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SilverStone launches ECM23 M.2 PCIe SSD adapter card

by Mark Tyson on 13 September 2018, 13:21

Tags: SilverstoneTek

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SilverStone has quietly launched its new ECM23 expansion card. The diminutive component allows the user to connect a single speedy M.2 device to via a spare PCIe x4 slot in your motherboard.

The greatest attraction for the SilverStone ECM23 might be felt by users of older yet capable PC systems, where the motherboard has no M.2 slots to take advantage of next gen storage devices, for example. M.2 SSDs are more and more prevalent in retail and with the PCIe interface can provide a significant storage performance boost. At half Terabyte capacities you will have to pay about double that of a SATA SSD drive but some will find the system speed and responsiveness benefits worthwhile at this premium.

Back to the product in question, and SilverStone says that its adapter card supports 2230, 2242, 2260 and 2280 length M.2 SSDs (the first pair of the four numbers signifies the M.2 card width of 22mm, and the second pair of number its length in mm). Importantly, SilverStone assures that there is no driver installation required to use its ECM23 adaptor but motherboard BIOS support is required if you wish to boot from the M.2 SSD (and it works with Windows, Mac or Linux). Another proviso is that M.2 PCIe-NVMe mode SSD requires the use of Intel 9 series (Z97 H97 Z170 X99) or higher version chipset with Windows 8 or newer.

When choosing an M.2 SSD to pair with this adapter, SilverStone points out that the slower SATA (B key) type are incompatible. However, owners can choose between PCI Express using AHCI (M key) and PCI Express using NVMe (M key). It has already tested and verified the following Samsung drives; Samsung NVMe SSD SM951/961 M.2, Samsung NVMe SSD 960 EVO M.2, and the Samsung NVMe SSD 960 PRO M.2.

Last but not least, SilverStone has taken steps to make sure your new PCIe SSD won't overheat when put under duress. A thermal pad and heatsink are included as part of the product.

Pricing and availability have yet to be revealed.



HEXUS Forums :: 17 Comments

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What's so special about this one compared to all of the other PCI-E to NVMe adapters out here?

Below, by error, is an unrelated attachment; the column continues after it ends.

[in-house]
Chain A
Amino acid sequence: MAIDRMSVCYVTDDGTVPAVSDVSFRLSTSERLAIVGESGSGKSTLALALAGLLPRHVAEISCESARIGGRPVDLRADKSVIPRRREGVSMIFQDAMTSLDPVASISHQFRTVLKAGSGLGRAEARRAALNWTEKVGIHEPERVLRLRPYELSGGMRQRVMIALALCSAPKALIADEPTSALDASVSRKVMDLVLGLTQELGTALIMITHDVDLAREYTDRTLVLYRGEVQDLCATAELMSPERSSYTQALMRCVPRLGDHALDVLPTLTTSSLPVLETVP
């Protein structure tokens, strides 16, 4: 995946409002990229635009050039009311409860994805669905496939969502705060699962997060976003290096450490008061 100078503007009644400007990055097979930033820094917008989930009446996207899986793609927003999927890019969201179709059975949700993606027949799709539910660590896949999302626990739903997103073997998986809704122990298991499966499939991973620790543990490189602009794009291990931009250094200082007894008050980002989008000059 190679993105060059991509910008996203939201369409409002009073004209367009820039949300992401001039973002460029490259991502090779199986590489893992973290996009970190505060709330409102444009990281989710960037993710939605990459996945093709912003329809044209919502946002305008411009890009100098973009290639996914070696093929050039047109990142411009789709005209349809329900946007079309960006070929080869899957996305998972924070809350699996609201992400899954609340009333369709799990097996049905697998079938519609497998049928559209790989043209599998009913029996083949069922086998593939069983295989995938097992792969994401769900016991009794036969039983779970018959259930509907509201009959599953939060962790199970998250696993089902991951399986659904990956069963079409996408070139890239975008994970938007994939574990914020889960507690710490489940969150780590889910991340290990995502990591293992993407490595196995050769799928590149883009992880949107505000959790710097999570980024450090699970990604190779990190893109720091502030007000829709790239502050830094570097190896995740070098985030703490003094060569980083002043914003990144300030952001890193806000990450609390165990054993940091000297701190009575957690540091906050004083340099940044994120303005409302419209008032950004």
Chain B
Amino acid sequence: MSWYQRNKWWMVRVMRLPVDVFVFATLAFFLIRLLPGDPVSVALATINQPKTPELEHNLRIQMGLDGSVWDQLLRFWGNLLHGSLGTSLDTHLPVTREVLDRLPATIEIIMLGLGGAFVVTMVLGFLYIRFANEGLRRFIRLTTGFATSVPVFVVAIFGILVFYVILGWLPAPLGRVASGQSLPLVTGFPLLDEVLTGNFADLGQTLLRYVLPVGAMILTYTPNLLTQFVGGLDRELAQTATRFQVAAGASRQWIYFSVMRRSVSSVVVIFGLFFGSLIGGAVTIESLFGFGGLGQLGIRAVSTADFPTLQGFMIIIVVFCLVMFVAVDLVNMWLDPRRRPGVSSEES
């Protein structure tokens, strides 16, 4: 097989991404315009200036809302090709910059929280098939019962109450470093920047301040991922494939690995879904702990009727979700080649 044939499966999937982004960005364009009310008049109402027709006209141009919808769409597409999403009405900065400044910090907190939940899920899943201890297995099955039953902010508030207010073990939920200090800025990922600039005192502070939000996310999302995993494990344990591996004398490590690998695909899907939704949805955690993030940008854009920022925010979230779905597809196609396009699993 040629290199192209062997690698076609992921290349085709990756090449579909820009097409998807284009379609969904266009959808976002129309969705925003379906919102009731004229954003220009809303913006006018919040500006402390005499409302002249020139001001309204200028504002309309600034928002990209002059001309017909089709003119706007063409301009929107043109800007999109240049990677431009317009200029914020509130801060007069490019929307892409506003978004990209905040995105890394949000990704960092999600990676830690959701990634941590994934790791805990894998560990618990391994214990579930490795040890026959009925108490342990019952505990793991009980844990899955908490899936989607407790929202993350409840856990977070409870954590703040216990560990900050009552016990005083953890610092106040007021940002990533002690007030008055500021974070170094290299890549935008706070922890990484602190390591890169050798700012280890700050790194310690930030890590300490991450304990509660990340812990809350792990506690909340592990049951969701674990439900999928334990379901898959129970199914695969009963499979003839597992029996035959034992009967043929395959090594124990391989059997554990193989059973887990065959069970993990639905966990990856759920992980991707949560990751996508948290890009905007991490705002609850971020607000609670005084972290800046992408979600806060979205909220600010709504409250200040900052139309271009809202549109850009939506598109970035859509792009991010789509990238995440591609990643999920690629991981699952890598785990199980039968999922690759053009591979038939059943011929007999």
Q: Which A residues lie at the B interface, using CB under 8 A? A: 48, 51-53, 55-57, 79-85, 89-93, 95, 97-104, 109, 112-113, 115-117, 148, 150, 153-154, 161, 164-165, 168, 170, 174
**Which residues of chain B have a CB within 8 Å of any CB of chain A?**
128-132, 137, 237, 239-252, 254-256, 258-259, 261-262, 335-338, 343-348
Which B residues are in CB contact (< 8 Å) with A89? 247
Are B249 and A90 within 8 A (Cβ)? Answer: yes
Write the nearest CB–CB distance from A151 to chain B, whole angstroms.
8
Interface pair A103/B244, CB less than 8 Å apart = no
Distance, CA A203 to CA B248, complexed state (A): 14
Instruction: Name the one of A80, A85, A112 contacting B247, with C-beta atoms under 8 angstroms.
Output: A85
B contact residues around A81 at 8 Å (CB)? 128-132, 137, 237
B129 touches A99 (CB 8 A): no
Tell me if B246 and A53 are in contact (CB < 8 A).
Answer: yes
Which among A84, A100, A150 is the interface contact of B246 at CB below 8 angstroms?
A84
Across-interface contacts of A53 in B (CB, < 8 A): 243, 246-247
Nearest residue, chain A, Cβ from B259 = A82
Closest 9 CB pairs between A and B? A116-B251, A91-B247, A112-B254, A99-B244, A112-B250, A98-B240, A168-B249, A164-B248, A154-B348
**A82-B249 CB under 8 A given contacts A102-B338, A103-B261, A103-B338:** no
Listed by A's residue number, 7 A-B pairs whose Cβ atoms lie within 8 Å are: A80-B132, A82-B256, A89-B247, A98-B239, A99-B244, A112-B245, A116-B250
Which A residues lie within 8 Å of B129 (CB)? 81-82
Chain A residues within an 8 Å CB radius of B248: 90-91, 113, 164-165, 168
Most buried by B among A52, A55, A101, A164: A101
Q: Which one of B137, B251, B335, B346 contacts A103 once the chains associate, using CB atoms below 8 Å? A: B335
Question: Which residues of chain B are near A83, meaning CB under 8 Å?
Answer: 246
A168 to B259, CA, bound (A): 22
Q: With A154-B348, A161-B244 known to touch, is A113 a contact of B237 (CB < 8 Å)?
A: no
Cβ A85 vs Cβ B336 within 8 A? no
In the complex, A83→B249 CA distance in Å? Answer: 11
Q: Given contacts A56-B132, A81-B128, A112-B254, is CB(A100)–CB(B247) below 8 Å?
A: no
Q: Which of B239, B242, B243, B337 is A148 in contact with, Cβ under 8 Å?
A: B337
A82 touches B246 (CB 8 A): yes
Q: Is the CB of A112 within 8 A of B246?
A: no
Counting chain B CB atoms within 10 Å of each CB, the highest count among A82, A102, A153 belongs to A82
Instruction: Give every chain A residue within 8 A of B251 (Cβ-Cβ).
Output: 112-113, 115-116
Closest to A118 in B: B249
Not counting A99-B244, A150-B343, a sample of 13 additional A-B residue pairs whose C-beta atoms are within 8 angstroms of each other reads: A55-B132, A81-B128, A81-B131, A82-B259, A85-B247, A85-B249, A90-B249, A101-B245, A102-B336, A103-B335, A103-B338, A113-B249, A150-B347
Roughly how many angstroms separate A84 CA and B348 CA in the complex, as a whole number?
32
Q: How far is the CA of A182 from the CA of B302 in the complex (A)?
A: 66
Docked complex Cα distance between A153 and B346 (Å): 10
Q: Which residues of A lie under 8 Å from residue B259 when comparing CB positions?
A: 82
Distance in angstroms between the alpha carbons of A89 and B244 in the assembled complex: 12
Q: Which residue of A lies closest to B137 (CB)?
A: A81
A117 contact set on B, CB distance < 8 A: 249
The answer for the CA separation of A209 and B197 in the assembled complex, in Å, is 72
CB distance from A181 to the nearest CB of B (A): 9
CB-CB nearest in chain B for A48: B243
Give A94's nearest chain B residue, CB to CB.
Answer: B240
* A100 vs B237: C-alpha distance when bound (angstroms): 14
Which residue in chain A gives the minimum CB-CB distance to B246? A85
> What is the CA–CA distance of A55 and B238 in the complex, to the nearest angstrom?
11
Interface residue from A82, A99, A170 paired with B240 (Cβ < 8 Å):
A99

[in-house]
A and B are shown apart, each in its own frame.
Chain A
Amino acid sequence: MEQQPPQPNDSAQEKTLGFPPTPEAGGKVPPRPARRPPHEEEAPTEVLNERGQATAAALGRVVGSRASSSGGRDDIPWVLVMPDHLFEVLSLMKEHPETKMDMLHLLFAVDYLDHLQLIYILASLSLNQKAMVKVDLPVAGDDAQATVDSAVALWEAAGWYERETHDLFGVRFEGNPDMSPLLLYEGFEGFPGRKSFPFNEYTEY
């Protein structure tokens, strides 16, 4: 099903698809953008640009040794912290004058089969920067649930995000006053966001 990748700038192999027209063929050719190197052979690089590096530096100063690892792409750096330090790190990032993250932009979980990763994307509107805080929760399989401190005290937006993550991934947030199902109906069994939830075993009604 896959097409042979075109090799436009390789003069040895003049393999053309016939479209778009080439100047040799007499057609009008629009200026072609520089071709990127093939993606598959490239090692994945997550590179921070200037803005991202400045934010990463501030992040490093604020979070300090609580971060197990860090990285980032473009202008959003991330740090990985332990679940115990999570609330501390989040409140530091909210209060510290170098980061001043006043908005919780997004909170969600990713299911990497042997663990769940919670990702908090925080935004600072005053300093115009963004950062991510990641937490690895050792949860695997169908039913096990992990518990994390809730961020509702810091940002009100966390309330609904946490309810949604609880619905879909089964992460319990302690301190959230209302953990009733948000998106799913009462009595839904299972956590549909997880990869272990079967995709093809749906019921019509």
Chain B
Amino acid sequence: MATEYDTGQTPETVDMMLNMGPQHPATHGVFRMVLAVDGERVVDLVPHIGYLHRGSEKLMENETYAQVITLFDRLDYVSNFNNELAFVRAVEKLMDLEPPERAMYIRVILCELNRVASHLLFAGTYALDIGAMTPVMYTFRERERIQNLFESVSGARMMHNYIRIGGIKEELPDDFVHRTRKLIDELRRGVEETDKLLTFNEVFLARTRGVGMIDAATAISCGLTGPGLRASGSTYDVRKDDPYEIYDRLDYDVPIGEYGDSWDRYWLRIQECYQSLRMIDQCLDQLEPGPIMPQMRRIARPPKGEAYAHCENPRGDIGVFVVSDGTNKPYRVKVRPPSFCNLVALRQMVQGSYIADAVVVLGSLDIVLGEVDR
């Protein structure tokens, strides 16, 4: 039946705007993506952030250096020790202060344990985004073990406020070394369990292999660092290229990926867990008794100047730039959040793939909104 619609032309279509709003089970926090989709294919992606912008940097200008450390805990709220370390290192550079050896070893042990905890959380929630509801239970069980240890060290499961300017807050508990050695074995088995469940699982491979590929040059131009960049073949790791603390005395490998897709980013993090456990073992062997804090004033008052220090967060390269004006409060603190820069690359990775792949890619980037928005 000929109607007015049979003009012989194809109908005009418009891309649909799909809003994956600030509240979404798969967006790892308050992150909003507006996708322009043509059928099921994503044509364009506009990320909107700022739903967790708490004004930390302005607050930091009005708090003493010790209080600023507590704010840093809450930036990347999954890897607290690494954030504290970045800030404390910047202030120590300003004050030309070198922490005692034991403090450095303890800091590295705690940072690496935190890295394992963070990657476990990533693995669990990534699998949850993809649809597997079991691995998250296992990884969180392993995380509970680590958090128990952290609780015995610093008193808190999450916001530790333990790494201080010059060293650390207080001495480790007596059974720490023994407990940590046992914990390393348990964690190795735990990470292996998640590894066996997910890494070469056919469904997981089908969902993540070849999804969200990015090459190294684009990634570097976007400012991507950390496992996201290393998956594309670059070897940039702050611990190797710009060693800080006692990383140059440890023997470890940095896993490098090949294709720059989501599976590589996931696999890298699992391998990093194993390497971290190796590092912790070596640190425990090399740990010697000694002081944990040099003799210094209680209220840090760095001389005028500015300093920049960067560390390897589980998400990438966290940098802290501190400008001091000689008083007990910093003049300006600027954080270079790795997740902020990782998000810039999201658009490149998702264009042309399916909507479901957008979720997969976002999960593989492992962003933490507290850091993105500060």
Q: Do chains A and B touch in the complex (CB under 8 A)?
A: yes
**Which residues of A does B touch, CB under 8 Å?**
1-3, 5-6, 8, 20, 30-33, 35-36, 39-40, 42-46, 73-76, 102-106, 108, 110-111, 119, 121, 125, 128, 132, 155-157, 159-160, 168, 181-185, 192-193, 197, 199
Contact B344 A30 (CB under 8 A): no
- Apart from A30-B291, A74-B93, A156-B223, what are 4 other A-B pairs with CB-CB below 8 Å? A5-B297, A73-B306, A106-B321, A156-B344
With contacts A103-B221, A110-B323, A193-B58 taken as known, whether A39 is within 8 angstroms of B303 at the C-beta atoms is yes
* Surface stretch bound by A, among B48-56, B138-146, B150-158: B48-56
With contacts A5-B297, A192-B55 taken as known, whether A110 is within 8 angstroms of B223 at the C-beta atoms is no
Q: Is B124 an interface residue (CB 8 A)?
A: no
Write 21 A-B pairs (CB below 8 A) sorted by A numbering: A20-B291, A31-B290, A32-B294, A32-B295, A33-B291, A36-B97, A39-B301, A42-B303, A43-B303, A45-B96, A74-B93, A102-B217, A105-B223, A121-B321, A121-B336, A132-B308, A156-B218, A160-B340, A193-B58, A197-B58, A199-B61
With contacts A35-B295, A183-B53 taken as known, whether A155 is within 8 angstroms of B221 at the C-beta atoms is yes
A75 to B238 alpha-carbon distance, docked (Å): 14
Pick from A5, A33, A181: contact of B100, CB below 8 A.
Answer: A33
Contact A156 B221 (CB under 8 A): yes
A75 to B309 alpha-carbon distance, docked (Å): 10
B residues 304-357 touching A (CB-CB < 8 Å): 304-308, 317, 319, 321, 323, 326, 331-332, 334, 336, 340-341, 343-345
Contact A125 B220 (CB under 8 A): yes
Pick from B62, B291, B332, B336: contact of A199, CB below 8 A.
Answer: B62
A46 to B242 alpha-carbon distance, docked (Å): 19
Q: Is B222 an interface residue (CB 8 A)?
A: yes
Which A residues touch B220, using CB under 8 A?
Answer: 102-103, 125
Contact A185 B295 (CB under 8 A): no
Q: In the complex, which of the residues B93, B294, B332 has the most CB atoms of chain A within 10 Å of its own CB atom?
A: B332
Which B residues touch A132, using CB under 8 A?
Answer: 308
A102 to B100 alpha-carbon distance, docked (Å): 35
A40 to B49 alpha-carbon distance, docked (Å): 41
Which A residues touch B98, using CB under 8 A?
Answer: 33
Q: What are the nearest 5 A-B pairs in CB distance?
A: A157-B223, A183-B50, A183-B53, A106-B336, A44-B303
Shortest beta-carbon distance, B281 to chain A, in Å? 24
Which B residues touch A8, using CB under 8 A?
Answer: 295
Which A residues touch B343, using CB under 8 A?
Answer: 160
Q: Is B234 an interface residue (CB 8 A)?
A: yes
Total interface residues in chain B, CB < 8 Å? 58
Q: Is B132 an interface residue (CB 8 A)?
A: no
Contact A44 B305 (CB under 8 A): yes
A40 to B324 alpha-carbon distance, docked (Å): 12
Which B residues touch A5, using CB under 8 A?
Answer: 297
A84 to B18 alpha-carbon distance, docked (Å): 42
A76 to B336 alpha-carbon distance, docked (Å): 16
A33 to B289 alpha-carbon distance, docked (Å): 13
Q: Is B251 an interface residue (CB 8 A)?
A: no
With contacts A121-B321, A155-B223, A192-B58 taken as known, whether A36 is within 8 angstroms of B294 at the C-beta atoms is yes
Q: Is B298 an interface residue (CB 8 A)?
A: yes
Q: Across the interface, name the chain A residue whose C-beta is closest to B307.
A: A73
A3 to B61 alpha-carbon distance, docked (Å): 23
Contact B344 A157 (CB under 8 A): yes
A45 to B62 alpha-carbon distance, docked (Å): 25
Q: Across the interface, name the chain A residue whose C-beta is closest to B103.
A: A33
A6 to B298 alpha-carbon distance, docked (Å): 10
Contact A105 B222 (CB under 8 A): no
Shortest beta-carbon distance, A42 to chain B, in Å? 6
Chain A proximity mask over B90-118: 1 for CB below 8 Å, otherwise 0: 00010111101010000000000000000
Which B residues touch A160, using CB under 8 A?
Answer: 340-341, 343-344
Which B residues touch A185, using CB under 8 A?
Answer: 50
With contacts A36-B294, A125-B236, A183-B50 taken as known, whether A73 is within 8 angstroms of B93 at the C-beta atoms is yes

I don't need my SSD to have electronic countermeasures, thanks.

I play computer games, not dogfight with Russians.
afiretruck
What's so special about this one compared to all of the other PCI-E to NVMe adapters out here?

I think it's just a nice package from a more well known brand. I think the heatsink, etc would be more useful for Optane drives due to the workloads they are bought for and as they tend to hit thermal limitations rather than other issues that limit conventional SSDs before throttling becomes a major concern (although it is an issue in heavy usage on many drives).
It could be beneficial to move the M2 drive to a cooler part of the pc considering some motherboards have the slot directly under the GPU which isn't ideal.

Having said that, it would have been better if they'd just used a physical x4 slot rather than needlessly limiting it to use in a second x16 slot which many boards don't have. M2 is limited to x4 electrically regardless.
watercooled
It could be beneficial to move the M2 drive to a cooler part of the pc considering some motherboards have the slot directly under the GPU which isn't ideal.

Having said that, it would have been better if they'd just used a physical x4 slot rather than needlessly limiting it to use in a second x16 slot which many boards don't have. M2 is limited to x4 electrically regardless.

I was wondering why they did that. I did think maybe there's a weight bearing issue with the heat sink?